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P. Philip and B. Yu

Abstract

Rainfall in the southwest of Western Australia (SWWA) has decreased significantly over recent decades. Previous studies documented this decrease in terms of the change in rainfall depth or decrease in the frequency of rainfall events for selected sites. Although rainfall volume is of vital importance to determine water resources availability for a given region, no study has yet been undertaken to examine the change in rainfall volume in SWWA. The aim of this study is to examine the spatiotemporal changes in rainfall volume and to attribute this change to the changes in wet area and rainfall depth. Gridded daily rainfall data at 0.05° resolution for the period from 1911 to 2018 were used for an area of 265 952 km2 in SWWA. For the whole region and most zones, rainfall volume decreased, which was mostly due to a decrease in the wet area, despite an increase in the mean rain depth. In the regions near the coast with mean annual rainfall ≥ 600 mm, 84% of the decrease in rainfall volume could be attributed to a decrease in the wet area, whereas the decrease in rainfall depth only played a minor role. The regions near the coast with a higher number of rain days showed a decreasing trend in wet area, and the regions farther inland with a lower number of rain days showed an increasing trend in wet area. On the coast, the rate of decrease in rainfall has been reduced, and heavy rainfall, in fact, has increased over the past 30 years, although there was no concurrent change in the southern annular mode (SAM). This suggests that the relationship between SAM and rainfall could have changed and that other climate drivers could also be responsible for the recent rainfall trend and variations in the coastal regions of SWWA.

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PHILIP P. CALVERT Ph. D

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Philip S. Brown Jr. and Joseph P. Pandolfo

Abstract

The advection-diffusion equation is often solved by implicit finite-difference schemes that are unconditionally stable when the grid interval is uniform. When such schemes are generalized to account for nonuniform grid spacing, instability can result. The cause of this difficulty is identified and a procedure given to reclaim stability. An example is provided to show that similar computational problems can be encountered in the use of explicit differencing schemes.

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Philip S. Brown Jr. and Joseph P. Pandolfo

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A numerical analysis of the nonlinear heat diffusion equation has been carted out to bring to light a heretofore little-understood type of instability that can be encountered in many numerical modeling applications. The nature of the instability is such that the error remains bounded but becomes large enough to prevent proper assessment of model results. For the sample problem under investigation, the nonlinearity is introduced through a diffusion coefficient that depends on the Richardson number which, in turn, is a function of the dependent variable. Our analysis shows that the interaction of short-wavelength and inter-mediate-wavelength solution components can induce nonlinear instability if the amplitude of either component is sufficiently large. Since the unstable solution may not wander far from the true solution, the error can be difficult to detect. A criterion, given in terms of a restriction on the Richardson number, guarantees local (short-term) stability of the numerical scheme whenever the criterion is satisfied. Numerical results obtained using a boundary-layer model with GATE Phase III data are presented to support the theoretical conclusions.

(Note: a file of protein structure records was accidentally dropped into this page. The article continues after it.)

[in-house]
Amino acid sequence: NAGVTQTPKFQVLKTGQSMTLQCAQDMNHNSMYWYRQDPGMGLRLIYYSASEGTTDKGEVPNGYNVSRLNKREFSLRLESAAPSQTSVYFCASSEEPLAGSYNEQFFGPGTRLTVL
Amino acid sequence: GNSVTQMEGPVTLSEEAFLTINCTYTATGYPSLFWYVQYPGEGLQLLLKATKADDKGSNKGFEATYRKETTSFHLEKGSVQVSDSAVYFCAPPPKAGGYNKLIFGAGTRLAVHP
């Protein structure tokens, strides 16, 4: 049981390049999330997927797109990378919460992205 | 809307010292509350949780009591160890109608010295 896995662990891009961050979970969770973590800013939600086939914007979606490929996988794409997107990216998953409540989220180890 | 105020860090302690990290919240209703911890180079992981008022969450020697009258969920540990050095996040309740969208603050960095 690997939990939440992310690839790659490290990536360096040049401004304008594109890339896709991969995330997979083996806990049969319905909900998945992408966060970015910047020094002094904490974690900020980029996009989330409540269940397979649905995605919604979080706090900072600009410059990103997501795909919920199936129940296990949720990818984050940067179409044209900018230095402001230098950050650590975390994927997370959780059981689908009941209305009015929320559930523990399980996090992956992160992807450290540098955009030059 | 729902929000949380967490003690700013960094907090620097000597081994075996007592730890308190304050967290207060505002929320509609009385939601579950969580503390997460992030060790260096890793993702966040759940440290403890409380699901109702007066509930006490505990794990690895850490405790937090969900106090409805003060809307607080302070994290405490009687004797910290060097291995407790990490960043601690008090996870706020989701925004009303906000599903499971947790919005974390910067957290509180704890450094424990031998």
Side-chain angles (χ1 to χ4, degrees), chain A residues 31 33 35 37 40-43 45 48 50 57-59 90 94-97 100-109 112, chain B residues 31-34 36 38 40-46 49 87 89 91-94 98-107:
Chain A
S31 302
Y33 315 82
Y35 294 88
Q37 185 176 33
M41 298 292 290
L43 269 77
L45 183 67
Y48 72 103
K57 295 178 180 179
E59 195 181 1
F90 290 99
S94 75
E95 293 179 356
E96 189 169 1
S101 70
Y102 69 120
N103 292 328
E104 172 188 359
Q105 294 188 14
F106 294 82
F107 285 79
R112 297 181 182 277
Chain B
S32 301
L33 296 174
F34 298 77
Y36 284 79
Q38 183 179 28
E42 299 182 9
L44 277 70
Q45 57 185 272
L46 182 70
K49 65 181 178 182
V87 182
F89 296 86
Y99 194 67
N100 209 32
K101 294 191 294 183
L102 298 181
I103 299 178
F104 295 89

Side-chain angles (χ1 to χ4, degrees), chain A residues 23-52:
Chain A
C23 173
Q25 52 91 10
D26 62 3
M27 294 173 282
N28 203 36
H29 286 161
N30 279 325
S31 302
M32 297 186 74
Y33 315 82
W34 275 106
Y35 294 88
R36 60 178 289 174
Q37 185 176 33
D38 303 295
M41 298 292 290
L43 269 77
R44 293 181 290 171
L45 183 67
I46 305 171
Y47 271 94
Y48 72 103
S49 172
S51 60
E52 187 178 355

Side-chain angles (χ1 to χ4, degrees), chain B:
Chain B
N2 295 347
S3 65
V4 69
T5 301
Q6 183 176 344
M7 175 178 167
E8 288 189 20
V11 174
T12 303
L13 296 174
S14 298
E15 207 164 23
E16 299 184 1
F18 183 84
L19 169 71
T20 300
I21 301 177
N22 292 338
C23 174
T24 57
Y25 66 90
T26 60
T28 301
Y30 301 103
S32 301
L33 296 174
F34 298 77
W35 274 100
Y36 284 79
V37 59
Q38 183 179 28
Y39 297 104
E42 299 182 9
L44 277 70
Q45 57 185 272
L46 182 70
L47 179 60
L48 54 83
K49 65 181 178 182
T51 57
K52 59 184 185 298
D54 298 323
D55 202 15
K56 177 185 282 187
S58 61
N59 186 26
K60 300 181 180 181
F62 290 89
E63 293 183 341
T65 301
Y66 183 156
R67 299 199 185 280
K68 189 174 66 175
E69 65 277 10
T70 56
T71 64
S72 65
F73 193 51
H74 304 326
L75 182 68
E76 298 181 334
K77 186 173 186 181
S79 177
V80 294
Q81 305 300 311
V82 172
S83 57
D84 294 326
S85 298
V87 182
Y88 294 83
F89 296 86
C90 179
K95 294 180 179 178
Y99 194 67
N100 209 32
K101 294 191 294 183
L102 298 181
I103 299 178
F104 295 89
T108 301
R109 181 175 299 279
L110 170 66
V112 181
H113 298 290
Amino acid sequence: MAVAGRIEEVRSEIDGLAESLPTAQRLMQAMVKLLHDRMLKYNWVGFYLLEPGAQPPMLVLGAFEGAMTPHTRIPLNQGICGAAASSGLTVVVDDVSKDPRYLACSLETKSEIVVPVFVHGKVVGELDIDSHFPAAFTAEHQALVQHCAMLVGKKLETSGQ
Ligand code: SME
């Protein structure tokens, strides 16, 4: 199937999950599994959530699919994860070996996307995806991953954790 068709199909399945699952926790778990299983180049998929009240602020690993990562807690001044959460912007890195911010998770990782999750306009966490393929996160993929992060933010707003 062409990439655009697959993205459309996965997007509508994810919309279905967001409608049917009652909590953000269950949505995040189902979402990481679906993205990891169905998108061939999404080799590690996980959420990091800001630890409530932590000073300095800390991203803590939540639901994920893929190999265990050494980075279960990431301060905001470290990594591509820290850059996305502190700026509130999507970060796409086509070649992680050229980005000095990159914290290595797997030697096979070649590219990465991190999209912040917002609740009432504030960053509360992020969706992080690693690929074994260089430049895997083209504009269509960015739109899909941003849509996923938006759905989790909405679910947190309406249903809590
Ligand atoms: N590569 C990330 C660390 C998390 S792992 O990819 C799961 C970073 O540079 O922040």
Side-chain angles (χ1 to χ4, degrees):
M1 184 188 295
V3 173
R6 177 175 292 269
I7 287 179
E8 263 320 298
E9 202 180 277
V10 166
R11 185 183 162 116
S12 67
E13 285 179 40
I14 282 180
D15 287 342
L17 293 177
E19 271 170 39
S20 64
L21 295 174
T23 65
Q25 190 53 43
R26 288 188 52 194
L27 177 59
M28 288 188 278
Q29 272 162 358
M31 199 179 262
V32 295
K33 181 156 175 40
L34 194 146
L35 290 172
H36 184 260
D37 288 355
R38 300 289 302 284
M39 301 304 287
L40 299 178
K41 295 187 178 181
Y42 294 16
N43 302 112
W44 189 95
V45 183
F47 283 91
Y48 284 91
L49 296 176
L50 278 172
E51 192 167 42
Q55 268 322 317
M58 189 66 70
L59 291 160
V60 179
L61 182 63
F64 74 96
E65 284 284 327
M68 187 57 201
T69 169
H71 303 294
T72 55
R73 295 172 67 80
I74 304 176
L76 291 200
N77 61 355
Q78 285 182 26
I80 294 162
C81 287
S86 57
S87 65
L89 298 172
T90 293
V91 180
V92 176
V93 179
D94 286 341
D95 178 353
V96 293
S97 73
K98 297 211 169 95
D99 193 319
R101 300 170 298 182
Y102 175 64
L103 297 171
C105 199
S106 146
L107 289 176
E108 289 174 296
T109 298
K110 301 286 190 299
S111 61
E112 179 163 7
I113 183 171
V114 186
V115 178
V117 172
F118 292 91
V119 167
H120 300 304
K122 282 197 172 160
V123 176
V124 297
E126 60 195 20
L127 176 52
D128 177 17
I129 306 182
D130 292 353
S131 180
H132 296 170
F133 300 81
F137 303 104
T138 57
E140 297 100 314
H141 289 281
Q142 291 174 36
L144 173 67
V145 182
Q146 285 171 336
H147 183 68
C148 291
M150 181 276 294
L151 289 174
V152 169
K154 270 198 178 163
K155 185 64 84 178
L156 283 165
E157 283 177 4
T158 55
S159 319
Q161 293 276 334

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Philip S. Brown Jr. and Joseph P. Pandolfo

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A procedure is given here that allows two finite-difference schemes having dissimilar time-differencing operators (say, a horizontal advection-diffusion scheme and a vertical diffusion scheme) to be merged into a single equation at the cost of increasing storage requirements through the introduction of an additional time level. lie accuracy and stability of the combined scheme are investigated.

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Philip D. Hammer, Francisco P. J. Valero, and Stefan Kinne

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Infrared radiance measurements were acquired from a narrow-field nadir-viewing radiometer based on the NASA ER-2 aircraft during a coincident Landsat 5 overpass on 28 October 1986 as part of the FIRE Cirrus IFO in the vicinity of Lake Michigan. The spectral bandpasses are 9.90–10.87 μm for the ER-2–based radiometer and 10.40–12.50 μm for the Landsat thematic mapper band. After adjusting for spatial and temporal differences, a comparative study using data from these two instruments is undertaken in order to retrieve cirrus cloud ice-crystal sizes and optical depths. Retrieval is achieved by analysis of measurement correlations between the two spectral bands and comparison to multistream radiative transfer model calculations. The results indicate that the equivalent sphere radii of the cirrus ice crystals were typically less than 30 μm. Such particles were too small to be measured by the available in situ instrumentation. Cloud optical depths at a reference wavelength of 11.4 µm ranged from 0.3 to 2.0 for this case study. Supplemental results in support of this study are described using radiation measurements from the King Air aircraft, which was also in near coincidence with the Landsat overpass.

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Philip S. Brown Jr., Joseph P. Pandolfo, and Anthony R. Hansen

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Average statistics for periods of large positive 500 mb height anomalies are compared to statistics for all other situations using NMC data for the 15 Januaries from 1963 to 1977. The 500 mb heights and geostrophic streamfunctions are represented as surface spherical harmonics, and energy and enstrophy spectra along with nonlinear wave-wave interaction statistics are computed.